Farewell | Illustration by Seb McKinnon
White might not be the best color in Magic for card draw or even targeted removal, but when it comes to board wipes, white thrives. Board wipes can have a big impact on a game. They can keep you from getting too behind, give you a chance to reset the battlefield, or even win you the game if timed correctly.
When it comes to choosing board wipes in eternal formats or formats with bigger card pools like Modern, it can get a little tricky. There are a ton of white board wipes to choose from, but not all of them are going to be right for your deck.
I’ve chosen some of what I think are the best board wipes for a mono-white deck. Let’s go through why I think these are the best for your decks!
What Are Board Wipes in Magic?
Wrath of God | Illustration by Kev Walker
Board wipes are spells that destroy all cards on the battlefield of a certain card type. “Board wipe” isn’t an official card type in Magic. It’s the nickname that players have given spells that destroy all of a certain type of permanent.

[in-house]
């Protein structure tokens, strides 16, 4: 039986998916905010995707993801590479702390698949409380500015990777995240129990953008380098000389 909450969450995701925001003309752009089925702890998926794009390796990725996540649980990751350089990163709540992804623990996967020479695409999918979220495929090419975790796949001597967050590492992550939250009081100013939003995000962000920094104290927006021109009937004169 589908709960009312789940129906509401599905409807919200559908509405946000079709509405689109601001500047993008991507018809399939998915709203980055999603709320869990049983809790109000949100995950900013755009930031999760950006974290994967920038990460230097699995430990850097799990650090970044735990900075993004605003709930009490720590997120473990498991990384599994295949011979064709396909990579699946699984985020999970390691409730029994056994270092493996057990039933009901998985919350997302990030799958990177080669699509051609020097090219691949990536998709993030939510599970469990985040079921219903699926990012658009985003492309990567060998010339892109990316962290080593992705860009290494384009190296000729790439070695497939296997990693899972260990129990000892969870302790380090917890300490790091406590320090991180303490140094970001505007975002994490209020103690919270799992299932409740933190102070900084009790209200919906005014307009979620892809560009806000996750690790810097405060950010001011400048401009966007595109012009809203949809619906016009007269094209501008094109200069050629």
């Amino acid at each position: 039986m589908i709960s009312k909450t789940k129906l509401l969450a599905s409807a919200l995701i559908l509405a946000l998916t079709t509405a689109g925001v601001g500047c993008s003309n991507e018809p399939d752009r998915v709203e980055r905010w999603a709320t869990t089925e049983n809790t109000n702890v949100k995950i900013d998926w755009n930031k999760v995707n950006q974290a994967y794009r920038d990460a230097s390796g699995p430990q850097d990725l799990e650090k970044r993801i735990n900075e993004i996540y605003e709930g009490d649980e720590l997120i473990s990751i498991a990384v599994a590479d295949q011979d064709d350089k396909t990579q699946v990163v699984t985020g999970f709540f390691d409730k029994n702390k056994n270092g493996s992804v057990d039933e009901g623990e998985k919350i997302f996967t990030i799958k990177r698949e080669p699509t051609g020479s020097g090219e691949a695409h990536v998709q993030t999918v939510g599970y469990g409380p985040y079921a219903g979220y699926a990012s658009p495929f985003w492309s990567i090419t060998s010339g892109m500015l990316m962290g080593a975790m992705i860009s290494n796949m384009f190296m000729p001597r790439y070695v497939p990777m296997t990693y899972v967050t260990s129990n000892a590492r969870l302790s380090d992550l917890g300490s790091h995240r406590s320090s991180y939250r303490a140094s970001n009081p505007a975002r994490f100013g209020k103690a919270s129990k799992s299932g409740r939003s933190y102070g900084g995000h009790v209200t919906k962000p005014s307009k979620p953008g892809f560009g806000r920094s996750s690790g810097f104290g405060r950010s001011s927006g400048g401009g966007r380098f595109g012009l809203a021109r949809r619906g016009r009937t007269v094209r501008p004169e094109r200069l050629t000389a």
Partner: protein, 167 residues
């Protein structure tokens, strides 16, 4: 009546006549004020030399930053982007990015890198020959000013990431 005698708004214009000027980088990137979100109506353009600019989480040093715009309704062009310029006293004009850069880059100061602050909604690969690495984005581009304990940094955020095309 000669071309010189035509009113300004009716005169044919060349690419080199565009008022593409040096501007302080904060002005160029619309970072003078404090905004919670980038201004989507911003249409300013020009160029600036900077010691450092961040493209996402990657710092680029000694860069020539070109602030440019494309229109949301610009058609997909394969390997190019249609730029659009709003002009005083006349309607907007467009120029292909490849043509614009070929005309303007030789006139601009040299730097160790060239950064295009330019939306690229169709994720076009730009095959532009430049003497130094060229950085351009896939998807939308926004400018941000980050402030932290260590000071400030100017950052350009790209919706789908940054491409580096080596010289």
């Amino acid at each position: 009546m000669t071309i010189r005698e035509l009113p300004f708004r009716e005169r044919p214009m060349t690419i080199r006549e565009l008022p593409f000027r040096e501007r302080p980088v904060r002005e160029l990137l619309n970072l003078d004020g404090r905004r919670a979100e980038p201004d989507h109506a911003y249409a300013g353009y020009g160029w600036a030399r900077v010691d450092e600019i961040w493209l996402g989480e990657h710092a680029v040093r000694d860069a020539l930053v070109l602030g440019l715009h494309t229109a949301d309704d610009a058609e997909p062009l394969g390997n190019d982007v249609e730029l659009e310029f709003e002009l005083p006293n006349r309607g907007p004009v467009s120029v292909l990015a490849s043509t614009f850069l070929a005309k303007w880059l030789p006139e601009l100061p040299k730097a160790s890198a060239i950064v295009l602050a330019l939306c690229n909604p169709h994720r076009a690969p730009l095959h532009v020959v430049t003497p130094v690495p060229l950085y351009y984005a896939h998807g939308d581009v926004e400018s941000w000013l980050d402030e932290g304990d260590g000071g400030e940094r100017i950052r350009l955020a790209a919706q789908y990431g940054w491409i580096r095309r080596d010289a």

They can be incredibly useful against permanents with hexproof, shroud, ward, or protection that prevents them from being targeted directly. It can also be a great way to wipe out a lot of troublesome permanents on your opponent’s side of the field, especially if they have more threats on the board than you.
Board wipes are also great inclusions for control decks that don’t put as many creatures of their own onto the battlefield.
Mass land destruction isn’t the type of board wipe that most decks want to use. But if you’re playing a land destruction deck, Armageddon is probably your best bet to destroy all lands. It’s affordable and doesn’t come with any caveats.
Planar Cleansing hits all nonland permanents, which makes it more of a true reset than other board wipes. This can be a bit of a double-edged sword because you’ll probably have some permanents of your own on the battlefield.
With more targeted board wipes you can select ones that only hit the type of permanents you won’t be relying on, but they also won’t set your opponents back as much as a full wipe does. Planar Cleansing is a little expensive, but it’s pretty standard for a lot of board wipes.
The nice thing about Austere Command is the versatility. You can pick and choose modes that are best suited to your current needs. The only downside is that it’s a little expensive if all you want to do is destroy creatures.
If you’re specifically looking for creature-hate board wipes, there are much better options. But if you want a board wipe that covers all your bases, this is a great option.